“...it’s cool to be able to read about your deals in the paper!”
Litigation clients: Bumble, Chobani, Nexstar Media Group. Advised Northrop Grumman during a $1 billion environmental and toxic tort litigation case.
Juniors working in corporate get a taste of MoFo’s capacity to collaborate across offices, but particularly between the New York and DC bases: “It really does feel like I’m part of the firm and the corporate group as a whole across the entire world!” We were told that the DC office does a lot more capital markets work while private equity M&A is more common in New York. Juniors are assigned to a particular corporate subgroup from the get-go, and this associate especially enjoyed their time spent on public M&A transactions, “as it’s cool to be able to read about your deals in the paper!”
Corporate clients: SoftBank Group, FoodChain ID, Sky Harbour. Advised Unity Technologies on a $4.4 billion transaction with ironSource.
Tech is really one of MoFo’s premier practices, so associates in the technology transactions group get to work with “the best of the best, powerhouse names.” There’s a lot of crossover with specialist teams and the corporate group, but associates get involved in “a variety of public and private deals with large clients” as well as “different licensing and IP matters for smaller clients.”
Technology clients: Autodesk, Boyd Gaming, eBay. Advised Salesforce on its $27.7 billion acquisition of Slack Technologies.
MoFo offers a number of development schemes for associates, including free career counseling and optional coaching sessions, as well as partner mentorship opportunities. Each development program is pitched at an associate level (junior, midlevel and senior). Interviewees found the midlevel academy to be especially useful, as it focuses more on soft skills and “all the things that make up the practice that you don’t think of!” In addition to these overarching associate level programs, most practice groups at MoFo have a formal training curriculum.
“Being an alum of MoFo means something in the Bay Area especially, as there’s a lot of respect for the work we do.”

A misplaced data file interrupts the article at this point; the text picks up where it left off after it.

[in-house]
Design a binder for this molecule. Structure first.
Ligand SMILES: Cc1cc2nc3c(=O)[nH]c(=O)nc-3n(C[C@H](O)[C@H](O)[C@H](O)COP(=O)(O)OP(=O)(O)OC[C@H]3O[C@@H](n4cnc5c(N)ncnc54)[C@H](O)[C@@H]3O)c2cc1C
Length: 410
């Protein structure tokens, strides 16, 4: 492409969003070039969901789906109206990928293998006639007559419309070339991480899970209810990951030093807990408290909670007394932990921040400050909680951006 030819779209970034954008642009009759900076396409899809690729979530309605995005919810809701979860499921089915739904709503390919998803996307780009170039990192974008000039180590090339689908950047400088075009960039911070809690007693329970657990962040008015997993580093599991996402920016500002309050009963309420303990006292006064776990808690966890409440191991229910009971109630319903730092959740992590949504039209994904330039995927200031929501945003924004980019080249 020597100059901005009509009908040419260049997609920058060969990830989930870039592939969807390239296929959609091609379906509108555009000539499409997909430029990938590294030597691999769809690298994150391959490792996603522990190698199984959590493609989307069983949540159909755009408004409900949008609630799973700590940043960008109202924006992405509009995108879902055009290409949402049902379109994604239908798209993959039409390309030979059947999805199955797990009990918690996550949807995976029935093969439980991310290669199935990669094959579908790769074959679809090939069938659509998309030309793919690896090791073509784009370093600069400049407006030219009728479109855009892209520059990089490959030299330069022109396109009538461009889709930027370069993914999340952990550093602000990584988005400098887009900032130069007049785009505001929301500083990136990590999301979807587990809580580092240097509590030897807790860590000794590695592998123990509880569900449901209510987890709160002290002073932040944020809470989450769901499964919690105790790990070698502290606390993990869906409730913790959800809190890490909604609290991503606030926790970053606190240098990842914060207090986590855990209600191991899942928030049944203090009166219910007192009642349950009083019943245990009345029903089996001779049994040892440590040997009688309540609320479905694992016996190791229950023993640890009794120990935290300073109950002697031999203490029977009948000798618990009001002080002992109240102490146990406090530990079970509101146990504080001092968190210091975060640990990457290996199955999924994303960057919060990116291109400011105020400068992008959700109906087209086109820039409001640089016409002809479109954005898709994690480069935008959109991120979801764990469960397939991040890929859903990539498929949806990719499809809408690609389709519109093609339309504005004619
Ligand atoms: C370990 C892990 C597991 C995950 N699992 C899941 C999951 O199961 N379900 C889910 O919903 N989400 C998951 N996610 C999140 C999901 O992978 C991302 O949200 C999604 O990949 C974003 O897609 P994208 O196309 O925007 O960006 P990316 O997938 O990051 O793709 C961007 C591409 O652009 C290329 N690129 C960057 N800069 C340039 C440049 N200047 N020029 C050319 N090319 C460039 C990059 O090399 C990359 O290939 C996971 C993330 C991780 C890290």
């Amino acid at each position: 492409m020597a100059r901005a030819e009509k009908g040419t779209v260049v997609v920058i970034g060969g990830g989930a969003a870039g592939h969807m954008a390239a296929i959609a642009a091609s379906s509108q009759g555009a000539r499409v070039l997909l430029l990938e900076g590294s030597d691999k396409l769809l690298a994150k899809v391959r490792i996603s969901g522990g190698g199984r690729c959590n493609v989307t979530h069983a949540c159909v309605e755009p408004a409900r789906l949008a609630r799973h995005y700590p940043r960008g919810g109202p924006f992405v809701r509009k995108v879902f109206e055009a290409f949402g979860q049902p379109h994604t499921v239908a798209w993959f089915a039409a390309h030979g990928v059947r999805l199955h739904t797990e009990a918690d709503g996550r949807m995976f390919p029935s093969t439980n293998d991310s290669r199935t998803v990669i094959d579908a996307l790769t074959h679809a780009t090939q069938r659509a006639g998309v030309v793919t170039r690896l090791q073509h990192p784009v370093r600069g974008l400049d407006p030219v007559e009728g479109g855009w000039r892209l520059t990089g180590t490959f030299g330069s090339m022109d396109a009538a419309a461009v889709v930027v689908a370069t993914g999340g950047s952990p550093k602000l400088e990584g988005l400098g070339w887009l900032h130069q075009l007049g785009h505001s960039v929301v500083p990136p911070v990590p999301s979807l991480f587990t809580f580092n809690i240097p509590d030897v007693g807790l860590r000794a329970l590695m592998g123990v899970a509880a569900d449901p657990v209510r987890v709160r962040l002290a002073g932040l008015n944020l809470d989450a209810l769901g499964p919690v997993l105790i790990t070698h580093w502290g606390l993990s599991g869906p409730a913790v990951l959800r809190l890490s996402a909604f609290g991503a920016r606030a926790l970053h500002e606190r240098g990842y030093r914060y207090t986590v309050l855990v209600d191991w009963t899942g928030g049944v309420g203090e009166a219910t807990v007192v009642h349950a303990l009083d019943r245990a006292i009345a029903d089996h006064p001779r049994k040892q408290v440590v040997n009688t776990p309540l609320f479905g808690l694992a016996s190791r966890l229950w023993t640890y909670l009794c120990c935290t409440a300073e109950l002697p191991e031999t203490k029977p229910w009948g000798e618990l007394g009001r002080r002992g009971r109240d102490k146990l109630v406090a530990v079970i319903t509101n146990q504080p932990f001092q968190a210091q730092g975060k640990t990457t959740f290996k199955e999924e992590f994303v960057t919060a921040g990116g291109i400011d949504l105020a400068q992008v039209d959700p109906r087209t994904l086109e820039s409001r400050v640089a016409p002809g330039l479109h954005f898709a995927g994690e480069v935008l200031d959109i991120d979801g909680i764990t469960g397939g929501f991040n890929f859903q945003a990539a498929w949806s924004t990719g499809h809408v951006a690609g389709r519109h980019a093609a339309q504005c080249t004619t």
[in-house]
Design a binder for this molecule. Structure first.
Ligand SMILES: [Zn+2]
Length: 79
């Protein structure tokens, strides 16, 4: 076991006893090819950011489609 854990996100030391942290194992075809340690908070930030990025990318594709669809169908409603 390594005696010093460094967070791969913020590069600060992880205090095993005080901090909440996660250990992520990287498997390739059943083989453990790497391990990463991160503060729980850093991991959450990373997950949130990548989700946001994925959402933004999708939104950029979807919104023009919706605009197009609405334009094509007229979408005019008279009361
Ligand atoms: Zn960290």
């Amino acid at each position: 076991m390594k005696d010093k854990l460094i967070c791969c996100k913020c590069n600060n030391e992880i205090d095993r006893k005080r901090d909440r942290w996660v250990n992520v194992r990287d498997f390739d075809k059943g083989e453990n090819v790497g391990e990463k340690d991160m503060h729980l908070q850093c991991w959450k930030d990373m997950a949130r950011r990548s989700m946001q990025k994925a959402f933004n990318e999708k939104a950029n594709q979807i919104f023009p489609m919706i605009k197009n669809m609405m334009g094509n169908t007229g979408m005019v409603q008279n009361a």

However, there’s also a more go-with-the-flow attitude to career development at MoFo. Many interviewees weren’t even sure if they wanted partnership: “If I make partner, I’ll make partner, and if I don’t, I’ll do something else!” While the partner path could seem unclear in the earlier stages, sources agreed that it would be attainable if they wanted it. Juniors told us that the firm encourages an open dialogue around future career moves outside of the firm, particularly in the DC office where associates often consider transferring into government roles. “Partners are happy to share their experience,” one source said. “They have connections and can place you based on your interests.” On the West Coast this source proclaimed that “any of the top tech firms will have MoFo alumni working within them. Being an alum of MoFo means something in the Bay Area especially, as there’s a lot of respect for the work we do.” We also heard that there's an active client secondment program for associates to take advantage of.
Although many of the associates we spoke with were based on the East Coast, they were all in agreement that the “generally relaxed” atmosphere was influenced by MoFo’s roots in San Francisco.However, this more relaxed culture “doesn’t limit the importance of the work or the quality of the lawyers. Being a West Coast-based firm that has since gone national and international does a lot to set the tone for the culture at a time when younger associates and law students are recognizing the importance of healthy working environments and relationships.” Sources found the mix of professionalism, high-level work and clients, and appealing culture to be a winner.
“Some of the conversations I’ve had with very senior partners concerned the best way to make a sweet potato pie.”
“It’s BigLaw, but MoFo provides the most compassionate, valuable BigLaw experience that I can have,” one source gushed, “we’re happy at this firm!” We heard that partners go out of their way to tell associates: “Chase me down if I’m not responding to you, don’t feel like you’re annoying me with emails! Make sure you get the answer you need so you can do your job.” The partners’ relationships with associates extend beyond the work, as they “genuinely care about you as a human being.” One associate commented: “Some of the conversations I’ve had with very senior partners concerned the best way to make a sweet potato pie.”